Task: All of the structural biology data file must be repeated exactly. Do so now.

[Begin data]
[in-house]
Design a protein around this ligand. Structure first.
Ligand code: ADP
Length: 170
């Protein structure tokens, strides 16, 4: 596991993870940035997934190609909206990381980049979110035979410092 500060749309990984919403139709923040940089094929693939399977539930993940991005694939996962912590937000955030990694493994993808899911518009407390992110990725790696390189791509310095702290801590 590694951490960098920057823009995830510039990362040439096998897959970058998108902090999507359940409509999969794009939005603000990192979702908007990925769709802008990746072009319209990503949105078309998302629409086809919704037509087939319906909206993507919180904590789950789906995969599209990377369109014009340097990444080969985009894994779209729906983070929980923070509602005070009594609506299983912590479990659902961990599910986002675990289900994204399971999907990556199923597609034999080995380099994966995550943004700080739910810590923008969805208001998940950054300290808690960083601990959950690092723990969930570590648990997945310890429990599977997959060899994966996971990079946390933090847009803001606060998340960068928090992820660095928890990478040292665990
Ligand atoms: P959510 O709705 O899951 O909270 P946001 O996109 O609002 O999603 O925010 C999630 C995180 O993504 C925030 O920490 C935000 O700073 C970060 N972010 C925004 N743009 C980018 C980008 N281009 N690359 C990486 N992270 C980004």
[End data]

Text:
[in-house]
Design a protein around this ligand. Structure first.
Ligand code: ADP
Length: 170
């Protein structure tokens, strides 16, 4: 596991993870940035997934190609909206990381980049979110035979410092 500060749309990984919403139709923040940089094929693939399977539930993940991005694939996962912590937000955030990694493994993808899911518009407390992110990725790696390189791509310095702290801590 590694951490960098920057823009995830510039990362040439096998897959970058998108902090999507359940409509999969794009939005603000990192979702908007990925769709802008990746072009319209990503949105078309998302629409086809919704037509087939319906909206993507919180904590789950789906995969599209990377369109014009340097990444080969985009894994779209729906983070929980923070509602005070009594609506299983912590479990659902961990599910986002675990289900994204399971999907990556199923597609034999080995380099994966995550943004700080739910810590923008969805208001998940950054300290808690960083601990959950690092723990969930570590648990997945310890429990599977997959060899994966996971990079946390933090847009803001606060998340960068928090992820660095928890990478040292665990
Ligand atoms: P959510 O709705 O899951 O909270 P946001 O996109 O609002 O999603 O925010 C999630 C995180 O993504 C925030 O920490 C935000 O700073 C970060 N972010 C925004 N743009 C980018 C980008 N281009 N690359 C990486 N992270 C980004």